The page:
Please make sure you read the addendum document before you bid. This will be available on the Nationwide Property Auction website and for inspection on the notice board at the enquiries desk. The auction pack will be made available to potential buyers via laptop computers at the enquiries desk. If you are a successful Buyer then please download the Auction Pack from the Nationwide Property Auction website.

If I am unable to attend the auction can I bid remotely?

Yes, you may bid by telephone, proxy or online. However, we strongly recommend that you make every effort to attend the auction. Visit the Document Centre to download the Proxy and Telephone Bidding Form.

Failure to complete

If you are the successful bidder then you will be contractually bound to complete on the completion date and the seller will be entitled to damages from you if you do not. On the day of completion you will be obliged to get the money to the seller’s solicitor by the completion time stated in the contract, usually 2pm. Once the completion time has passed the seller may serve a “notice to complete” on you or your solicitor.

From service of the notice to complete you will then have 10 working days (or such other period as is specified in the Special Conditions) in which to complete. You will be liable to the seller for interest at the “contract rate”, which is usually 4% above the Bank of England base rate on the balance of money owing to the seller.

In addition, the contract will usually include a clause requiring you to pay the seller’s solicitor’s additional fee for serving the notice, calculating the interest etc. This will typically be between £100 – £200 plus VAT.

These amounts will need to be paid before completion can take place. You will also be liable to the seller for any losses suffered as a result of the delay, for example additional mortgage interest, wasted removal costs etc.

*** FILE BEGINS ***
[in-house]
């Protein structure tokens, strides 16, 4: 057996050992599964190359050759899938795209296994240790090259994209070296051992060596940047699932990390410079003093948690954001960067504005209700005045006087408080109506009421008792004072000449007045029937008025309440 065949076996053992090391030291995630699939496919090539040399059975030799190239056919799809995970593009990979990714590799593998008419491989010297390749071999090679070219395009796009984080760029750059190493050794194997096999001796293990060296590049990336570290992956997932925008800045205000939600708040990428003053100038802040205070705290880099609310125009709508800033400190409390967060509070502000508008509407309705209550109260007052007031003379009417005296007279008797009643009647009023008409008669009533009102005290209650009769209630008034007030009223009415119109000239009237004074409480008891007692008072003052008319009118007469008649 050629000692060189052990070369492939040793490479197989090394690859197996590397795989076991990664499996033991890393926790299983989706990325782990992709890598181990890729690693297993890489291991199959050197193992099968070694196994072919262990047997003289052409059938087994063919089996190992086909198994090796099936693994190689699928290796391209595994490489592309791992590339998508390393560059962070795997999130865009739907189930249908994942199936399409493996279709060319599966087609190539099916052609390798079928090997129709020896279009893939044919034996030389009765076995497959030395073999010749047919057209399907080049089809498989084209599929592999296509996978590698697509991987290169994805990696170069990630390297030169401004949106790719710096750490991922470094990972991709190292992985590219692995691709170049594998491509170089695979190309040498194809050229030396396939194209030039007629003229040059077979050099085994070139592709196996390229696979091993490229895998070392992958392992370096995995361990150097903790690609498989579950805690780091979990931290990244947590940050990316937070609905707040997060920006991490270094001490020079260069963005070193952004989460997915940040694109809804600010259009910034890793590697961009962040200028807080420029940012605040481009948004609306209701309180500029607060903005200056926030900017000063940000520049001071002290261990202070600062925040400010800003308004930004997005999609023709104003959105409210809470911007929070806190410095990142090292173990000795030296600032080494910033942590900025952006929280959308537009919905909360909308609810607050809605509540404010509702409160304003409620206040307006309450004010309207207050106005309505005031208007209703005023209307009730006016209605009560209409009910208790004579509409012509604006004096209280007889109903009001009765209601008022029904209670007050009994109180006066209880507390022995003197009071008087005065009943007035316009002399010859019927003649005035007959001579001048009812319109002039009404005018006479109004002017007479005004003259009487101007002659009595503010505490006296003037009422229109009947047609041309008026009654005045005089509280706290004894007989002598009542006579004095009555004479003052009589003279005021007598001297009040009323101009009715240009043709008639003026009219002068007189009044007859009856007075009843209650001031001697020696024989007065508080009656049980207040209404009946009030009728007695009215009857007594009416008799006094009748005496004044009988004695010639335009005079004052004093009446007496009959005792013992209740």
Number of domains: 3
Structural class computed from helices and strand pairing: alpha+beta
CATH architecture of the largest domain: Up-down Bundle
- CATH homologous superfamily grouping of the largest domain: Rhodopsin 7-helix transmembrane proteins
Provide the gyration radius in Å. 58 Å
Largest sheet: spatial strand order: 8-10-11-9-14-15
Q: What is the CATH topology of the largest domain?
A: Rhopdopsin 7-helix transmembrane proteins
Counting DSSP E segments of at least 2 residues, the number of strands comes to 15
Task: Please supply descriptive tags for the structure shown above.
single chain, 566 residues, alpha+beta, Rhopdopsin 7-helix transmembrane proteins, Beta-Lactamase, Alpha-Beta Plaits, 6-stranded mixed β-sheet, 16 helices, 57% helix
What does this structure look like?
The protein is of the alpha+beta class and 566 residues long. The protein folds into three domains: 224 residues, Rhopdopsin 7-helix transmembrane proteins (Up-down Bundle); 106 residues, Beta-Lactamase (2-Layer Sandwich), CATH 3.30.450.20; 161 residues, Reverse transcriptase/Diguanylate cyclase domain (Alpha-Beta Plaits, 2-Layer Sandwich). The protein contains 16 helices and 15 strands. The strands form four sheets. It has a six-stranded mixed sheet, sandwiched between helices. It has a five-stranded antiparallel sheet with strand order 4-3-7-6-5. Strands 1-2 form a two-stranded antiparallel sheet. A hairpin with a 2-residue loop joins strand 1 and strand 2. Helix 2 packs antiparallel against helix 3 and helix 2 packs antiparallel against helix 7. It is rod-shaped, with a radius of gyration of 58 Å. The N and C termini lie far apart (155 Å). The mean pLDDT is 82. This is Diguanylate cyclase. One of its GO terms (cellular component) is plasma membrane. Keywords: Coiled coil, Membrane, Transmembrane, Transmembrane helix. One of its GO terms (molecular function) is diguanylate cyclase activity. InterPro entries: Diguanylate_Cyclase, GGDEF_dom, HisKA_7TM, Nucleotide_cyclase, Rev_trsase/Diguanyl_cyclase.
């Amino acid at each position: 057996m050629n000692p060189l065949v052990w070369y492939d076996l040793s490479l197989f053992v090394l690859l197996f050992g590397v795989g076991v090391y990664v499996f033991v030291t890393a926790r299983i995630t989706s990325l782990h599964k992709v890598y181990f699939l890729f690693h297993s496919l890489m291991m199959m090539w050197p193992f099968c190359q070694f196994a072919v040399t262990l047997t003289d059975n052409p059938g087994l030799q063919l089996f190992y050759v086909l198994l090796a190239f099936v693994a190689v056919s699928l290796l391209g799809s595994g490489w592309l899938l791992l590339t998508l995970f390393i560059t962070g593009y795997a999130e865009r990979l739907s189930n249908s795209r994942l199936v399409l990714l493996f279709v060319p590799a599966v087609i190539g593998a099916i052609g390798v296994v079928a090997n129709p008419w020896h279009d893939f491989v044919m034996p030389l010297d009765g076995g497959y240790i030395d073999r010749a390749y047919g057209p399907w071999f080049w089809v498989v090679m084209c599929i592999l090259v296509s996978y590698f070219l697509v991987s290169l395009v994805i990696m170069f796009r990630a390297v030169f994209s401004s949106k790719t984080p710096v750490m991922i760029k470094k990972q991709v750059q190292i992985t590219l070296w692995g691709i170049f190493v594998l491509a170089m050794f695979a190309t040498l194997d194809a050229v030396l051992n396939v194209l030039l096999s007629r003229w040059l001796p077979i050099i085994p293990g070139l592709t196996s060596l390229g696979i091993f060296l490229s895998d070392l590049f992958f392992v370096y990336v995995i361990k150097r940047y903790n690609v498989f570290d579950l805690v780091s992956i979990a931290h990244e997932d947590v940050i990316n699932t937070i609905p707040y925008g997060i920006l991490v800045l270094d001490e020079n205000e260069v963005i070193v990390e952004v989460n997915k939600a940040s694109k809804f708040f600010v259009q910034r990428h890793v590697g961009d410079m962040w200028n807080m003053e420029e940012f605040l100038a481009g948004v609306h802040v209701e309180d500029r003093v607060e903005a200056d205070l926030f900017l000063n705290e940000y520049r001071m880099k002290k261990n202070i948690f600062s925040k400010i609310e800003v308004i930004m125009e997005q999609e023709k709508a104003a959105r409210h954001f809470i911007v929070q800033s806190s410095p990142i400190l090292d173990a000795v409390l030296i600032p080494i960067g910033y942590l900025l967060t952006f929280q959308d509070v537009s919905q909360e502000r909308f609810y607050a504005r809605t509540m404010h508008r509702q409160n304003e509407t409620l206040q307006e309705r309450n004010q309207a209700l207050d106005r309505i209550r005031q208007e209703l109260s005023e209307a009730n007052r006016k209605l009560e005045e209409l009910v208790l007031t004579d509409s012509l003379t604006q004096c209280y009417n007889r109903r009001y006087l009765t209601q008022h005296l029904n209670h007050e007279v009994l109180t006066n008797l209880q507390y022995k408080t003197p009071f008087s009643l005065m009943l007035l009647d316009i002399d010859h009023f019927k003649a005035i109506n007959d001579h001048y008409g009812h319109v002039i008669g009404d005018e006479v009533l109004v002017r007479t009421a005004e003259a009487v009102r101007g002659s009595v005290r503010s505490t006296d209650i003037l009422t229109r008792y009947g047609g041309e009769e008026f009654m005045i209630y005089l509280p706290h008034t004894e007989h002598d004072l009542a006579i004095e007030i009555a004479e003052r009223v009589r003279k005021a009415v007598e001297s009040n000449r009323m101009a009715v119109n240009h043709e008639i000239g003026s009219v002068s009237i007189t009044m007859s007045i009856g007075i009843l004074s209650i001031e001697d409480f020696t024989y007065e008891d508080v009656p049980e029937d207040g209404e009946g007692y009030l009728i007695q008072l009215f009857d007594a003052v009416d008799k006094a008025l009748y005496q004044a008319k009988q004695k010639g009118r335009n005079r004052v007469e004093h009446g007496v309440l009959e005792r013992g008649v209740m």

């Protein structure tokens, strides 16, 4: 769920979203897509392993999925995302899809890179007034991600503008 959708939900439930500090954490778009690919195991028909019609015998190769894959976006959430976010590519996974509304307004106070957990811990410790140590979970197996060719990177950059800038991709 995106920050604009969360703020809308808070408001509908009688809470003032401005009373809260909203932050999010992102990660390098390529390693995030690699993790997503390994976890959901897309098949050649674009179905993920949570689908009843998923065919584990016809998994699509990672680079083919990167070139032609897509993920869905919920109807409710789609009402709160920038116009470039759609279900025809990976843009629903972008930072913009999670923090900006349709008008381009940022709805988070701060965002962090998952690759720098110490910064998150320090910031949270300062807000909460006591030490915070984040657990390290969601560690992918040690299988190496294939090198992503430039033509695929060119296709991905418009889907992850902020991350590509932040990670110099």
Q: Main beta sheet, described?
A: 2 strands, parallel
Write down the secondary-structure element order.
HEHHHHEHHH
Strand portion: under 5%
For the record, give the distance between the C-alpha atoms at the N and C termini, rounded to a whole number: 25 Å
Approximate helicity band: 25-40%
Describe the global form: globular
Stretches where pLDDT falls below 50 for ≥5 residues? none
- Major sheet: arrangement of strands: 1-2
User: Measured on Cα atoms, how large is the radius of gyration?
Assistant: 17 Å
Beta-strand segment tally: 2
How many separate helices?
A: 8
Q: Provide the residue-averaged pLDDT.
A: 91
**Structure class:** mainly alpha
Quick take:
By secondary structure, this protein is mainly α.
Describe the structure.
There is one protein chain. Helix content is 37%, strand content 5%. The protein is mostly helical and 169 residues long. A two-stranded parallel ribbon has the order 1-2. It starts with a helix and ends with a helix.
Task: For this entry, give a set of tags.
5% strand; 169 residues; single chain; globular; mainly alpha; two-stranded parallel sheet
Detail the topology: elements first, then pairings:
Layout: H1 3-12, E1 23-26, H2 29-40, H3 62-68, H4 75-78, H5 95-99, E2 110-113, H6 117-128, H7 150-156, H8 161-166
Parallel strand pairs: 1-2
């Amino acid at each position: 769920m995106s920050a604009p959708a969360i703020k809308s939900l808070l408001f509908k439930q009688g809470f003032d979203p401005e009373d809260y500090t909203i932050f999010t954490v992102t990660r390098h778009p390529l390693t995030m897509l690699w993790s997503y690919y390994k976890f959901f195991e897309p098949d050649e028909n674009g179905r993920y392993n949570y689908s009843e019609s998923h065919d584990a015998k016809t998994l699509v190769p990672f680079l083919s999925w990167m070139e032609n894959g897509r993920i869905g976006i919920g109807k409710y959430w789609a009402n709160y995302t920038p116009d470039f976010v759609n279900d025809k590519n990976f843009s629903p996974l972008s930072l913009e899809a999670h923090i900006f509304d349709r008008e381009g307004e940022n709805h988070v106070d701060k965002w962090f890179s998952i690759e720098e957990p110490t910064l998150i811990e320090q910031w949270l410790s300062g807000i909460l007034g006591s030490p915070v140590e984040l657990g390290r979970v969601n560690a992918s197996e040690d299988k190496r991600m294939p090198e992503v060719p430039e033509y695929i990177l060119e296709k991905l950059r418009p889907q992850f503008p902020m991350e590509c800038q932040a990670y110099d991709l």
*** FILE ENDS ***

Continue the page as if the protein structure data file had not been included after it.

If the notice to complete expires then the seller has the option to rescind the contract, (bring it to an end). They do not have to rescind immediately and if they choose to delay they still retain the right to rescind at any time. Until they do, interest will continue to accrue and you will continue to be liable for their losses. If they do rescind, they will be entitled to keep your Deposit, (regardless of the amount of deposit actually paid, you will be liable for 10% of the purchase price), and sell the property again. If the eventual sale price of the property is less than the price you had agreed to pay, the seller will be entitled to sue you for the difference, as well as additional costs such as legal and estate agent fees and any number of other losses. For example, if the seller was in a chain then all the other buyers’ and sellers’ losses will ultimately fall on you. If you are sued successfully you will most likely also be liable for the seller’s full legal costs. Make sure you prepare before buying at auction. Auction is only for serious property buyers.

Where can I find the viewing times?

Please check viewing times online for any changes before you set off on your journey. (Please note viewings are not listed before publication of the catalogue which is always 2 weeks prior to the Auction). A viewing schedule is published online.

Do I need to register to view a property?

Registration is not required for a viewing. They are open viewings so you may just turn up. A viewing agent will be there from the start time and for at least 20 minutes.

Changing viewing schedule and time

We are not able to arrange viewings at any other times other than those listed in the viewing schedule. Our viewing agents are on a precise scheduled run and have other properties to attend throughout the day.